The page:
What do Gen. 2:24-25 and Eph. 5: 21-33 have in common? When rightly understood, they both provide an almost formula-like description for a pleasurable, loving, faithful marriage of oneness. And both passages are built on equality and mutuality. Modern science teaches what the writers of Genesis and Ephesians could not have known.
The attitude of Jesus of Nazareth towards women bearing sexual stigma was quite exceptional compared to that of his contemporaries. Behind this we can see, for instance, the radical idea of a woman being an individual capable of making independent decisions.
Paul’s words in 1 Corinthians 7:4 constitute Scripture’s only mention of the common Greek word for “authority” (exousia) in clear reference to husbands and wives in marriage. This radical denouncement of either spouse insisting on personal “authority” over her or his own body in marital intimacy is a stunning reversal of the cultural norm of Paul’s day—as well as throughout the majority of church history. What does his bold statement mean in its biblical context, and what does it say about Christian mutuality in both marriage and singleness today?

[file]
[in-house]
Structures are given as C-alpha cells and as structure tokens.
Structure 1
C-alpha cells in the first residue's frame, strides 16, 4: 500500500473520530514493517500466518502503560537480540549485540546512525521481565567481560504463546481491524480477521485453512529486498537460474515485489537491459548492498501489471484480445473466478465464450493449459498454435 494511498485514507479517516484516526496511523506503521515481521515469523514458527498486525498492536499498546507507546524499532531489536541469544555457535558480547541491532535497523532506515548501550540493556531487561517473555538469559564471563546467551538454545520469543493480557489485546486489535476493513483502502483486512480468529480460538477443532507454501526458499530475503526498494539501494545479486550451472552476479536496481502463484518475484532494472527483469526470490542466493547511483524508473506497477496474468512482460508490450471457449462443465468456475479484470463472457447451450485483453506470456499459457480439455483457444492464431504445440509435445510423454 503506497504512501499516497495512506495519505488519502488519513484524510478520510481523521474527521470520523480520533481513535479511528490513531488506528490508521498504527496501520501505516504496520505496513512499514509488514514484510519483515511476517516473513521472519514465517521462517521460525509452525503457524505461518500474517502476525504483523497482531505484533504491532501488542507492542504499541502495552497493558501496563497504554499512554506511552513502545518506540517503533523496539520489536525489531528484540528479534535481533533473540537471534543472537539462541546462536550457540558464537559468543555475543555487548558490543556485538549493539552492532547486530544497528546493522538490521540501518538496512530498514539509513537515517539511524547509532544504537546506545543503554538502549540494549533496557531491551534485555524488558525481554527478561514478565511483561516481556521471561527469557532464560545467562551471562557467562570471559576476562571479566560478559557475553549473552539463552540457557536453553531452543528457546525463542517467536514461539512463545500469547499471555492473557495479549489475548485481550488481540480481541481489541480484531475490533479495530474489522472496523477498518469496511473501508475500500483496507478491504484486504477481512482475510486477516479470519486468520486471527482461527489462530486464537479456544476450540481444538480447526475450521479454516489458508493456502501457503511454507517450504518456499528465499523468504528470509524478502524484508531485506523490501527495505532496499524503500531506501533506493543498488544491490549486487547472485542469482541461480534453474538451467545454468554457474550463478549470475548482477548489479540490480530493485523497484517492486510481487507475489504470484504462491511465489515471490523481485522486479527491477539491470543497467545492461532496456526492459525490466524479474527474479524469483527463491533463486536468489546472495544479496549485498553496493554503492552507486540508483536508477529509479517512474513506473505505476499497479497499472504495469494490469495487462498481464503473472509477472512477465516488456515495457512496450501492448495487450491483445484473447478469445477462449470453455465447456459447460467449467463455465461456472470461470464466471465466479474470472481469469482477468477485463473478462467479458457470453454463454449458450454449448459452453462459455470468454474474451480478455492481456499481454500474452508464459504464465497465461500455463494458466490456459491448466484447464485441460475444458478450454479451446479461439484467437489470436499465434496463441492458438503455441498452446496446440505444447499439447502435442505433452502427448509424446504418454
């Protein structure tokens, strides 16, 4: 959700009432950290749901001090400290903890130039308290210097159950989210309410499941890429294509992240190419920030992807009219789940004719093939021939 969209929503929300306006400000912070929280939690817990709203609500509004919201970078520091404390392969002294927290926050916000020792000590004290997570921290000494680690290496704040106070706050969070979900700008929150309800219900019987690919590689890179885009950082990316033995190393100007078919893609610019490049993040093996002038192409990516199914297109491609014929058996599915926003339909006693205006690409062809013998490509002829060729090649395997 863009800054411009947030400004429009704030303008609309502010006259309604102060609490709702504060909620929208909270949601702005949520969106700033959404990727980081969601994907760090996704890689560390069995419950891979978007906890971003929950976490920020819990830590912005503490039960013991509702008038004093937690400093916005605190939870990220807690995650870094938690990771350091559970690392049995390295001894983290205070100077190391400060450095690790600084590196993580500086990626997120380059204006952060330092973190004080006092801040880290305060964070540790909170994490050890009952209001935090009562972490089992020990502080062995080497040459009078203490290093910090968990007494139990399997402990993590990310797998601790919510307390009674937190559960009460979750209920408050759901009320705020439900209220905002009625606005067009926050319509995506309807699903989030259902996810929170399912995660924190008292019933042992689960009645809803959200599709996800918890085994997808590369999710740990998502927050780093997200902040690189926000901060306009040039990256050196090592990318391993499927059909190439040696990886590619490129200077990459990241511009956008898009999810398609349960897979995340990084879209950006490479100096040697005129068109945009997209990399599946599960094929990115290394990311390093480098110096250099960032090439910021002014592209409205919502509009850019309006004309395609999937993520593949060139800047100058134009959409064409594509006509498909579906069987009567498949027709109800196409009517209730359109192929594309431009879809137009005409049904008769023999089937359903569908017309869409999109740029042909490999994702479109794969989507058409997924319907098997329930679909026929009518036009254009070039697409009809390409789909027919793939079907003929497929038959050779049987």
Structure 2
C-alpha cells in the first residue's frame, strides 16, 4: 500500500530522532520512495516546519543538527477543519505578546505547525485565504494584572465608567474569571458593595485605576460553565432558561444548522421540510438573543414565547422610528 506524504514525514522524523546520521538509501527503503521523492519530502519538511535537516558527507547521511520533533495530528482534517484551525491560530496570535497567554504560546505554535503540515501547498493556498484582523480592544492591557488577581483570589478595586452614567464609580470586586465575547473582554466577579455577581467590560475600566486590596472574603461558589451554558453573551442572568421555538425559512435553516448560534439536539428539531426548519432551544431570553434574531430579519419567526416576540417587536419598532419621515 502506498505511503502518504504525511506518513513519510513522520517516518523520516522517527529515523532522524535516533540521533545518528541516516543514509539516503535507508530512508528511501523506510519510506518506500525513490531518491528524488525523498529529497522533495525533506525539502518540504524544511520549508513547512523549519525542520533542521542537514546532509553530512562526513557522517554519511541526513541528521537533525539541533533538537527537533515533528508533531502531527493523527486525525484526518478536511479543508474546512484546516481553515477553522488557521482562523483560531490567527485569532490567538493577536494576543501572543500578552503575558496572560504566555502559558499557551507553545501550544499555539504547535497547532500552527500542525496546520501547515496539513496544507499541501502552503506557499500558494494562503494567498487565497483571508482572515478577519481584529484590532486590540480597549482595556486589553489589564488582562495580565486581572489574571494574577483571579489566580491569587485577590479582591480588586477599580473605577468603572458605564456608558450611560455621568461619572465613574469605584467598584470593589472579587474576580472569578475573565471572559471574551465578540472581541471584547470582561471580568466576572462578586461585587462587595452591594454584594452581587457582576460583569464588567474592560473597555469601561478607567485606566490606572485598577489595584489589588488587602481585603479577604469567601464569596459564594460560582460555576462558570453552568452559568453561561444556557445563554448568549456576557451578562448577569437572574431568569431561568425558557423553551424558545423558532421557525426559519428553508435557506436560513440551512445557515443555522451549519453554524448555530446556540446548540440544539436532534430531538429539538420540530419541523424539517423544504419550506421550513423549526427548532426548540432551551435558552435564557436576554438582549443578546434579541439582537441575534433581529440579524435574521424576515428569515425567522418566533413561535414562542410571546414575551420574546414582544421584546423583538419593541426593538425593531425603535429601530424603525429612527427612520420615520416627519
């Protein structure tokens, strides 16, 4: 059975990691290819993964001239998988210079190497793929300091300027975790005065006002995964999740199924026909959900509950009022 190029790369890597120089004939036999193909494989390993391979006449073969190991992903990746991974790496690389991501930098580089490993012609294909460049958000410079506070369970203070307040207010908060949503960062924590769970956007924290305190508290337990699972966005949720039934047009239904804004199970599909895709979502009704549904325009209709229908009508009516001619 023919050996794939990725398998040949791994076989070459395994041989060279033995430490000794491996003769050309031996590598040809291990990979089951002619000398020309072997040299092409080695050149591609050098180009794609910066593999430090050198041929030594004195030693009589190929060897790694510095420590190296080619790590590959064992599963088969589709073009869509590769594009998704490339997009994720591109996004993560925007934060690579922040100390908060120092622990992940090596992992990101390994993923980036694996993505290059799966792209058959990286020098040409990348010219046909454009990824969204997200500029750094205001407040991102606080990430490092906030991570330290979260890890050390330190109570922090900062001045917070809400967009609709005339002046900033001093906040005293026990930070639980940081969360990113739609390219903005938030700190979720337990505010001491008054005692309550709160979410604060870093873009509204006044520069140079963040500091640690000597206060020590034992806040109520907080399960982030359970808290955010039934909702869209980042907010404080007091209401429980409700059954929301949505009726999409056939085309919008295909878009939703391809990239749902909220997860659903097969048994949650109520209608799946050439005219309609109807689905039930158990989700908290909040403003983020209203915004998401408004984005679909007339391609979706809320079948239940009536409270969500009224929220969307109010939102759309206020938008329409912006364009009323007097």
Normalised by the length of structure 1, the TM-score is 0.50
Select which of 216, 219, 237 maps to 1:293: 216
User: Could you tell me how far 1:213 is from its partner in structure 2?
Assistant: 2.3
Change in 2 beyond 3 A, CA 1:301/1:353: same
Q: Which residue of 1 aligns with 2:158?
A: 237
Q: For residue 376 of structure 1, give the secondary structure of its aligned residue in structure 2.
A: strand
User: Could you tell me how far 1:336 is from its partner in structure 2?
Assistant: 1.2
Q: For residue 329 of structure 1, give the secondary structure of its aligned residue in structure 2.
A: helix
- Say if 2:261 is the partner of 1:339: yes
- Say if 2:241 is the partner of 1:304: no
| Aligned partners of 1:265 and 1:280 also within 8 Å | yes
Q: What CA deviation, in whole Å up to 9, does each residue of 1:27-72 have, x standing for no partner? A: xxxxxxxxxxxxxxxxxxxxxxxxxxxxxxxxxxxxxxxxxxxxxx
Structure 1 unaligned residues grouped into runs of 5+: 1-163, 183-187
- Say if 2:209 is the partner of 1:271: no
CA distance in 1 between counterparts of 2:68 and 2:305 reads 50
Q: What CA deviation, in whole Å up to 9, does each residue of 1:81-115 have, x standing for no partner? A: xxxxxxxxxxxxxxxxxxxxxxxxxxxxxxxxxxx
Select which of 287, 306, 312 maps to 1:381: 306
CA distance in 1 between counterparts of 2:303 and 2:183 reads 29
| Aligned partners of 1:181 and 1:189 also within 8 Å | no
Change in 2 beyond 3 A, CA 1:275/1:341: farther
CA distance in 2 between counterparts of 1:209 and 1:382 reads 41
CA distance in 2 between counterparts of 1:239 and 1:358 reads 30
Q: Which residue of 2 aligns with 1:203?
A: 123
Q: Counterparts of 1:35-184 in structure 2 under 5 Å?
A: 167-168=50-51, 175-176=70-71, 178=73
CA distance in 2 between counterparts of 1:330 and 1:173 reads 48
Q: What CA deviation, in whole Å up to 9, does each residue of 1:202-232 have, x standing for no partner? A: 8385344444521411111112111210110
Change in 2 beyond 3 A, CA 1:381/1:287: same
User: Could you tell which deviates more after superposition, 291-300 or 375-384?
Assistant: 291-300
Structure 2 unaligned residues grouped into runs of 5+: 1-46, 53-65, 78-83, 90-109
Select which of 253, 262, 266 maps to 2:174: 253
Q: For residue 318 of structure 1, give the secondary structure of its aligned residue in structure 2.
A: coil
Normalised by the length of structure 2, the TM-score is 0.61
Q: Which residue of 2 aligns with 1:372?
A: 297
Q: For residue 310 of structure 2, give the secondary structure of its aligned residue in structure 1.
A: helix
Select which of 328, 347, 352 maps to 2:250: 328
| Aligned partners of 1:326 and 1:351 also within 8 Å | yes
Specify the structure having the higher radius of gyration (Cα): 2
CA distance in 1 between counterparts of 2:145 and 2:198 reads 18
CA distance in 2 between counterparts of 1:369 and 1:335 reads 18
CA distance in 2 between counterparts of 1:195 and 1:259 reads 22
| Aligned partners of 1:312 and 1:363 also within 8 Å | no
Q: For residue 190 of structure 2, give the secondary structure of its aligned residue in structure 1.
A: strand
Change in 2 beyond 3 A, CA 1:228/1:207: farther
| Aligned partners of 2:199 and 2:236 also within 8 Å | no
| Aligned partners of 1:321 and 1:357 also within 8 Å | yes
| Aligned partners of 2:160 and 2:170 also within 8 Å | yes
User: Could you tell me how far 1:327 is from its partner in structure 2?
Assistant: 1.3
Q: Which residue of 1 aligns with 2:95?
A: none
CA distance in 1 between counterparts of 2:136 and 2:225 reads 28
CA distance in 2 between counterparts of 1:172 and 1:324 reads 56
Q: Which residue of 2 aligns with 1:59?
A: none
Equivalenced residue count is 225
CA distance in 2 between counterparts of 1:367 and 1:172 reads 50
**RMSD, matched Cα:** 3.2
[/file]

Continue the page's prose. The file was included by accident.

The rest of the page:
While we should be cautious in our society of affairs, divorce, and casual sex, the time has come to look beyond our societal issues and ask whether that fear and suspicion among brothers and sisters is all we can hope for in the family of Christ. We need diverse perspectives in all aspects of society—even in our interpersonal relationships.
In this lecture, Dirkey traces the beginnings of patriarchy from the fall through the patriarchal years of the Old Testament. He argues that both Jesus and Paul were against patriarchy before ending by explaining that patriarchy will be abolished in the end times.
Ignorance of the doctrine of the Trinity is endemic in the church. Karl Barth initiated a change, at least for theologians. Now theologians agree that the doctrine of the Trinity is the foundational Christian doctrine. We Christians on the basis of Scripture believe that God is one yet three co-equal "persons" (not individuals). Moreover, the divine three work as one (being and function are two sides of one coin). Thus, according to historic orthodoxy and modern theology, the Trinity is inherently "anti-subordinationist."